Poetry by Glen Sorestad

Corvid Hygiene 

Crow perches on the top bowl

    of the water fountain 

    on the back deck,

bends and drinks deeply, 

    tossing its head back,

    to hasten the flow,

then bends to drink once more,

    head again thrown back 

    to swallow deeply.

I watch through the window,

    perhaps six feet away,

as sun glints iridescence

    off glistening feathers.

As Crow drinks, oddly enough,

I see an ebony pumpjack

    bending and raising, 

    bending and raising.

Crow now, its thirst slaked,

wipes its beak back and forth

    on the upper rim 

    of the fountain bowl,

first, one side of its beak,

    then the other side, 

    repeating until satisfied.

I don’t know whether 

    I should feel amused, 

    or am I astonished?

Crow turns to the window,

    cocks its head at me 

    and those dark eyes 

seize mine for a moment.

    I’m positive Crow 

    would like to say

something to me, something 

    I’m not at all sure

    I want to hear.


Why do I keep writing these memories, 

real or imagined, of my father, 

over six decades gone now from my life?

Is there anyone left alive with reason 

to doubt whether these recollections bear 

even flimsy resemblance to the man himself?

I can only tell you that though he left me,

a young man of twenty-two, about to embark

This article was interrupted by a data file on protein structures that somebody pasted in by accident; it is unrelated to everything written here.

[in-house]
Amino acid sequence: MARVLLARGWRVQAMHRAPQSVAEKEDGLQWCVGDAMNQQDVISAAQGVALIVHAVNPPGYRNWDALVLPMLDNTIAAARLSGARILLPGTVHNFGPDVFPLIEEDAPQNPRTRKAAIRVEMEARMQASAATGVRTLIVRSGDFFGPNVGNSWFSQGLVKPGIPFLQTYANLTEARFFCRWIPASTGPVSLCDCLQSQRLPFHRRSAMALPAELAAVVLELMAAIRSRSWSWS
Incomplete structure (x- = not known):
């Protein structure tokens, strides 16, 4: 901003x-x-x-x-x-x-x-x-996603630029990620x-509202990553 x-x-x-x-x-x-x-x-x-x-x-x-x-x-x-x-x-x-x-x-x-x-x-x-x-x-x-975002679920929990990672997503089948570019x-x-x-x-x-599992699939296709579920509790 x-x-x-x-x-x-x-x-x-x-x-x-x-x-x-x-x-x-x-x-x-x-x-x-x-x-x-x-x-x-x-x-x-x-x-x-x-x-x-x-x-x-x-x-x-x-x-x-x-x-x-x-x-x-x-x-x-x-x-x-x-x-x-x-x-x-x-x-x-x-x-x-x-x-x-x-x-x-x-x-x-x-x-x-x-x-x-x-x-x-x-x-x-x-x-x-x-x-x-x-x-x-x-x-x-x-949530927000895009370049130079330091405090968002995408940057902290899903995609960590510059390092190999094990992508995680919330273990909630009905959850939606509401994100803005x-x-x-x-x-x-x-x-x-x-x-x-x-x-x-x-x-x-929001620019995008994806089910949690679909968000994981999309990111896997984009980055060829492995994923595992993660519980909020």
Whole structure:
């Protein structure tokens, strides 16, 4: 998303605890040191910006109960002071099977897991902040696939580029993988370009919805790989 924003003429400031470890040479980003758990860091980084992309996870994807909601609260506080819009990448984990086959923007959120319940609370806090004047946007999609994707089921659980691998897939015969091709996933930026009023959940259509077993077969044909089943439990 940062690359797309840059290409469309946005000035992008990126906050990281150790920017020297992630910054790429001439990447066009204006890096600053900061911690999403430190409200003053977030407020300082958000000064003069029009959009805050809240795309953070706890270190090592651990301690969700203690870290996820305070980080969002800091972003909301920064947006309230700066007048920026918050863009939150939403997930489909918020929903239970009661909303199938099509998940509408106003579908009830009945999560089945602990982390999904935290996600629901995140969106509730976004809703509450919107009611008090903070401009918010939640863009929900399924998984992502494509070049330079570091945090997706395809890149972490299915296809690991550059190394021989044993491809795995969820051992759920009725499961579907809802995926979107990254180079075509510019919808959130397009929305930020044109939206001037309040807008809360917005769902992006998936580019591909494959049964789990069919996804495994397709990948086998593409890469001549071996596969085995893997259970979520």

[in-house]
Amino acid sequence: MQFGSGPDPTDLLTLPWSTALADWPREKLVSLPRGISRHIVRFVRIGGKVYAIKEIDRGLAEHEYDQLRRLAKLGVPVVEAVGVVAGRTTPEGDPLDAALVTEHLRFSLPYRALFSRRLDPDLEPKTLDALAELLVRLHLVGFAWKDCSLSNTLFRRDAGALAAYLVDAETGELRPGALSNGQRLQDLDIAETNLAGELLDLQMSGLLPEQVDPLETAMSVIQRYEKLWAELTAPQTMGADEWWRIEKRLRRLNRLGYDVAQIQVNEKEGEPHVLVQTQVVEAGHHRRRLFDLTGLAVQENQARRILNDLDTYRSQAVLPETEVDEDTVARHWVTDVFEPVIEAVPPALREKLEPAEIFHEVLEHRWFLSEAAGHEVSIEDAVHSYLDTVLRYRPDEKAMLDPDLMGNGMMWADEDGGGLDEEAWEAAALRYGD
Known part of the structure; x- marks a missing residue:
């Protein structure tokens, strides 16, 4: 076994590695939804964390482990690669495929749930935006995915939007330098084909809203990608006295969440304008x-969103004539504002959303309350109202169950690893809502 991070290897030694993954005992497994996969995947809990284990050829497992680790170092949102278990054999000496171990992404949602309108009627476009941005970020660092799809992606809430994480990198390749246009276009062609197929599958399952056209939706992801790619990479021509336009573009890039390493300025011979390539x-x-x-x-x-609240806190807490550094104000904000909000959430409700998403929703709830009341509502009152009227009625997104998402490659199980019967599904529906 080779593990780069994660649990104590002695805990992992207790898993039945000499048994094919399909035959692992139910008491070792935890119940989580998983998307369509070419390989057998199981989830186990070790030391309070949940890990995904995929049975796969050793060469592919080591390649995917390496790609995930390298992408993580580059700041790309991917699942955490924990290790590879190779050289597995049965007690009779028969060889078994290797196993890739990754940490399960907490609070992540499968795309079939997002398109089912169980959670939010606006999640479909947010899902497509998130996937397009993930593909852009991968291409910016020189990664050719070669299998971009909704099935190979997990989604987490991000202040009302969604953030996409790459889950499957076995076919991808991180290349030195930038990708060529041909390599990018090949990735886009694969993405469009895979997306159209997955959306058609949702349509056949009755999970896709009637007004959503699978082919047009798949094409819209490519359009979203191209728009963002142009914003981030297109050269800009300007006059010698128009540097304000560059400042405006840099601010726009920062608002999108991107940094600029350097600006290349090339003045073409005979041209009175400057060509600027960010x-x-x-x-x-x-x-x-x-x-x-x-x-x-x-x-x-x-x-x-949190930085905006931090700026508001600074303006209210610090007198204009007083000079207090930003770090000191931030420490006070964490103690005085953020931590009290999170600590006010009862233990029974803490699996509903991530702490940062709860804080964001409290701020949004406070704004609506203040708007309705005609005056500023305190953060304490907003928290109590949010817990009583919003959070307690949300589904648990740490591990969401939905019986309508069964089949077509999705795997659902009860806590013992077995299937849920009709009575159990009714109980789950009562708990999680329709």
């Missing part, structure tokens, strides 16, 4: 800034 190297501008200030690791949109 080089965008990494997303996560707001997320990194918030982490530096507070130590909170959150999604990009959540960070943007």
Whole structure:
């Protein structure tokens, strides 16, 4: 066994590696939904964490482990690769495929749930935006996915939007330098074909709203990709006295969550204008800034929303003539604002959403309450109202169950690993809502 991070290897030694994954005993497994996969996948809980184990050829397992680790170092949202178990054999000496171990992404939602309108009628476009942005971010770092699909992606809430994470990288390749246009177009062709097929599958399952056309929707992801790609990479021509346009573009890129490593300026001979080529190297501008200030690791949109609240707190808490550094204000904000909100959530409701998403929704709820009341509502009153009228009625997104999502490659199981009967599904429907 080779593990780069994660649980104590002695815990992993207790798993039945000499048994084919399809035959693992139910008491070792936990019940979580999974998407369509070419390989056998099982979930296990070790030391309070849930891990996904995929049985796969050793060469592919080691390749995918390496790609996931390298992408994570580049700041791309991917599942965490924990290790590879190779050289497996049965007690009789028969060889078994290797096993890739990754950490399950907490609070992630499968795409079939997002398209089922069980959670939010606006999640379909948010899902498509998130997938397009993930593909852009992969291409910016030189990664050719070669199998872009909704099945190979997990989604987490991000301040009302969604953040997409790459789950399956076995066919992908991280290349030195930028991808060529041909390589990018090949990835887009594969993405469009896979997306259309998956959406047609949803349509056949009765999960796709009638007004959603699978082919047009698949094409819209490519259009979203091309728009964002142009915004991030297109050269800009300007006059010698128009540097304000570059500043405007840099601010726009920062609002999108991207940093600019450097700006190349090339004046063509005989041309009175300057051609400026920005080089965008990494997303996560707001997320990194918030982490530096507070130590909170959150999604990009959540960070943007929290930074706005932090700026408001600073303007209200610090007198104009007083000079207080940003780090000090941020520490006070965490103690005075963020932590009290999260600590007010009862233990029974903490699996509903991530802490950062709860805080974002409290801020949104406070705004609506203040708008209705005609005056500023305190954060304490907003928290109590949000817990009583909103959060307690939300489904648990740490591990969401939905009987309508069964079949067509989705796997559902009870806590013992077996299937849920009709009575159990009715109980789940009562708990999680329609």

on a wondrous life with a wife and four children,

he always remained, unseen, but a presence

I could recognize in my own admonitions

or encouragement to my family, in my fears 

and in my sadness. I have outlived his years 

by two full decades, still I know he is there, 

though it seems he stands apart from me,

his blue eyes as unflinching as I recall them

in all my childhood memories. The year is

not so distant when both of us will be

simple memories of others, who may

or may not try to capture in words what it

means to carry inside you the colour of eyes,

the manner of speaking, the tilt of a head —  

all those traits one recognizes as having been 

passed down, the gene-gifts to the child.  

St. Patrick’s Day, 2019

            remembering Paddy O’Rourke

We’ve come around again to the calendar’s greenest 

non-eco day and for the second year now, you are

not here with us. Not that this most Irish day of days 

was ever an occasion for displays of ethnic exuberance

on your part – the contrary was more often the case. 

How you avoided flaunting any shamrock, kitschy green 

ties or hats, four-leafed clovers, or above all, any mention 

of leprechauns. You derided green-dyed beer that turned, 

perfectly good lager to a kool-aid lookalike. St. Patrick

was your namesake. So how can we who are left behind 

not remember and think of you, this day above all others? 

While you were with us, we came to appreciate how firmly 

planted were those Irish roots that named your dogs, 

Feena and Erigel, that shaped your love of the arts, 

of Irish poets – Yeats, Heeney, or Durcan — or Celtic music. 

This day is one more day that you are not here with us. 

Poetry by Glen Sorestad

Glen Sorestad is a well known Canadian poet who has published over twenty books of poetry and has been translated into eight languages. He lives in Saskatoon on the plains of Saskatchewan.

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